Mel Cooke, Freelance Writer
HAVING REVIEWED two or three publications on its imprint, I have come to expect at least two things of the Philipsburg, St. Martin-based House of Nehesi Publishers, namely Caribbean themes and very good writing.
Lasana M. Sekou's The Salt Reaper: Poems from the Flats lives up to these standards with 59 poems over 113 pages between glossy covers in a compact-sized book. The first 18 poems cover the decade 1990-1999, with the remainder being written in the first half of this decade.
The poet's strong sense of nationalism as well as his no-nonsense approach to his craft are evident from the opening No Love Poems:
"There will be no love poems tonight
no pleasant sing-songs
no snow-washed sermons
on the sacrifice of lambs
upon the altars of frocked Pharisees
who kiss up to them Roman massa"
Later in No Love Poems, Sekou introduces the strain of nationalism which runs through the entire book with:
"... we are not permitted
to plant a new banner of colours
in the nipples of the future
to wave at the present for all to see ..."
Sekou is as comfortable in spirituality as sensuality, making several biblical references in The Blockade Next Time, about the protest of January 15, 1990.
With the lines "... to be about our nation's business", "resolved to last for forty days and forty nights" and "tractors will be turned into plowshares of living people", he turns commonly known biblical passages into a call to resolve and resistance, as "we are already standing on the grounds/where we are bound to perish or mold this nation/in our very own image/for freedom not paid for is forfeit".
His sheer writing ability is impressive, Sekou packing in philosophy without preaching in Title Deed ("History/is always just ensuing/it is our eternal story") and linking the sensuous and the spiritual with "her delivery repeats the second coming".
Sekou is a Caribbean man, Caribbean Road Work in St. Martin stating this explicitly. He remembers a near-visit to Cuba and Haiti in Visit and Fellowship 1, as he is in Miami at one corner of the triangle of boats and bombast observing:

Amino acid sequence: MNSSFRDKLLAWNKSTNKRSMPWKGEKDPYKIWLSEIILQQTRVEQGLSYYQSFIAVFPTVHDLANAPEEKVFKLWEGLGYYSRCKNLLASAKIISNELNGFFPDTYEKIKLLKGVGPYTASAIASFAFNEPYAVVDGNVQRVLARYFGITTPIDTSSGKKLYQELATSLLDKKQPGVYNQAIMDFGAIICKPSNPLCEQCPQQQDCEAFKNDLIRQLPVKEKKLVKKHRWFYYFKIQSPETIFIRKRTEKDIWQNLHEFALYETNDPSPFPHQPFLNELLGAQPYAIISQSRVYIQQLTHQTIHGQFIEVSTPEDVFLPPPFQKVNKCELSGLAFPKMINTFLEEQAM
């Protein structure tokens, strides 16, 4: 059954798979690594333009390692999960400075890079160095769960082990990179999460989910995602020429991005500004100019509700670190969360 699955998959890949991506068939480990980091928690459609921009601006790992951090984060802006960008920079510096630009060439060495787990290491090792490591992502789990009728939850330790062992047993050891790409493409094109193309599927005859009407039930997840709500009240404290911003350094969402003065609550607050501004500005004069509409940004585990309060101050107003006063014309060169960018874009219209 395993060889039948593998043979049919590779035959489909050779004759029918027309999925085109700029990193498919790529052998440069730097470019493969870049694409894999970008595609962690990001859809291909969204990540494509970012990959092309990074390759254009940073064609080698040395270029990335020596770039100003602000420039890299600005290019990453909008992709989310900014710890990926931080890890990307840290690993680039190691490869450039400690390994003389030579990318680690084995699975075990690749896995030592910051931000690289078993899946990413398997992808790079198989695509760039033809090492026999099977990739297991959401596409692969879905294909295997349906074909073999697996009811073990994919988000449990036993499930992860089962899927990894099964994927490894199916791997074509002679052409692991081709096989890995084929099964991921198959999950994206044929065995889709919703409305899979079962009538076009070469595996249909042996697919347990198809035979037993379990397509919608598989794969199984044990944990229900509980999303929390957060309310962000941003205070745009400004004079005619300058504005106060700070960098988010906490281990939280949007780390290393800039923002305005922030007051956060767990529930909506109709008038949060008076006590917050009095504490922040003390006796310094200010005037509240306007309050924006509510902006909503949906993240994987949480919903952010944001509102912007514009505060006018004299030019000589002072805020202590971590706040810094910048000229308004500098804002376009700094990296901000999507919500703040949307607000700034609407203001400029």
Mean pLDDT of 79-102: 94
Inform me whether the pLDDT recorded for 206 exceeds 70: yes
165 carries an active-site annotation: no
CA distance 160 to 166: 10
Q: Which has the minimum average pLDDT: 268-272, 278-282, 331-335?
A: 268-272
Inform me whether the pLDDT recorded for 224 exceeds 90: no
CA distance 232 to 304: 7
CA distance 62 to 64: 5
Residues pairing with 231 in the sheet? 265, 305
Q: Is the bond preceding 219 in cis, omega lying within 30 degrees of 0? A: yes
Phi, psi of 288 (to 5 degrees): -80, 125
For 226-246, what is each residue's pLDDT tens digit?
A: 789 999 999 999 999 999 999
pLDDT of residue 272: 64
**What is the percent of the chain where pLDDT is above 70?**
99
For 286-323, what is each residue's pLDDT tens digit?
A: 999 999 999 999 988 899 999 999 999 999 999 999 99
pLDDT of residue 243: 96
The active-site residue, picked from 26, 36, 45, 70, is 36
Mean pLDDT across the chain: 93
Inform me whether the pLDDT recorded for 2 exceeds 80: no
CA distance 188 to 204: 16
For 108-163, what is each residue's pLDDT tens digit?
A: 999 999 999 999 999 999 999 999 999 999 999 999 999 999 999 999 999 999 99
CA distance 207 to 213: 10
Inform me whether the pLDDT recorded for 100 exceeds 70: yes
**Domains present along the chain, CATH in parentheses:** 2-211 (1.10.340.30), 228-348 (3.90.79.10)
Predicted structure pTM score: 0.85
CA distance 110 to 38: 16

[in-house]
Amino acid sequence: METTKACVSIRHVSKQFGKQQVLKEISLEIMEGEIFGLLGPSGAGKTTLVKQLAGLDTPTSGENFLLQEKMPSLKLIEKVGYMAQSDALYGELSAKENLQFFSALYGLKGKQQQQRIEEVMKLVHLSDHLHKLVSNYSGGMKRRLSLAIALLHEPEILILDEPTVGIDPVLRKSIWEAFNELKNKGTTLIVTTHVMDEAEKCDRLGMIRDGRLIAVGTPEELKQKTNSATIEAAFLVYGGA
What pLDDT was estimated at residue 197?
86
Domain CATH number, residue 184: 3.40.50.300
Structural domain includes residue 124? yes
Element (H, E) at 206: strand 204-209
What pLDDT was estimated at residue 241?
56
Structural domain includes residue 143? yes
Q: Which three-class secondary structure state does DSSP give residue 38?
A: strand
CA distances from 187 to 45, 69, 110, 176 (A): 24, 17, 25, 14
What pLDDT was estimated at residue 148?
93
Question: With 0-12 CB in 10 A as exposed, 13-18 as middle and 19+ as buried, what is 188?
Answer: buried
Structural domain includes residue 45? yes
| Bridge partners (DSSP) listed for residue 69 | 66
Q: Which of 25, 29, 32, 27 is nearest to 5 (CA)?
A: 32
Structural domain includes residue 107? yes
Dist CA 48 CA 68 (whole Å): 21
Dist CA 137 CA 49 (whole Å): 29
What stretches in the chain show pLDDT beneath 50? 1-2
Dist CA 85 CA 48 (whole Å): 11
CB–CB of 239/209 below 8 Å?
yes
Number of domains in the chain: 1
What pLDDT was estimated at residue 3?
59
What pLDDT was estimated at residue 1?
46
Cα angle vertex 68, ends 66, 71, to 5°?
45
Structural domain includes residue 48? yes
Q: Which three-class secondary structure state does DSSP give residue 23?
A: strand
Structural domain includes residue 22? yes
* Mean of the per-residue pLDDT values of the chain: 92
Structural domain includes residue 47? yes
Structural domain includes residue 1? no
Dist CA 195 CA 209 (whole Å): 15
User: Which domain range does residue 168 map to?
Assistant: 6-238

"I am initiated all over
for the Haiti of my circumcision
I am bleeding again
for the Cuba of my first period."
And if one ever doubted Sekou's affinity for the sensuous, he makes the matter clear in The Cubs Are In The Field, one of the longer (by far) poems in The Salt Reaper, with "before the cock breaks the hymen of spread-legged dawn/inviting us to lick open destiny's lips to orgasmic sight/to see for true where the word to be made flesh".
The title poems, Salt Reaping I and Salt Reaping II, near the beginning of the closer to present poems, are short, with a sensuous overtone to the first, even as it recalls the brutal work of salt mining.
Salt Reaping II also makes the connection between sensuality and labour, but in a less direct way with "we keep hearing how/it was sweet but hard/maybe so/it was like loving".
Sekou goes international in a big way with Pilgrim at Jo'burg International, El Malecón about Cuba, Bajan and Haiti 200 ("again/the punished victor/walks before us ...").
The consecutive poems dm1 and dm2, dm3 following after the sole Spanish poem in the collection, delve deep into the "dark man" and his "loot of blings".
However, the most striking line about manhood comes in Sons to the Fathering, where Lasana Sekou writes "mothers cannot father men ...".
True, in more ways than one.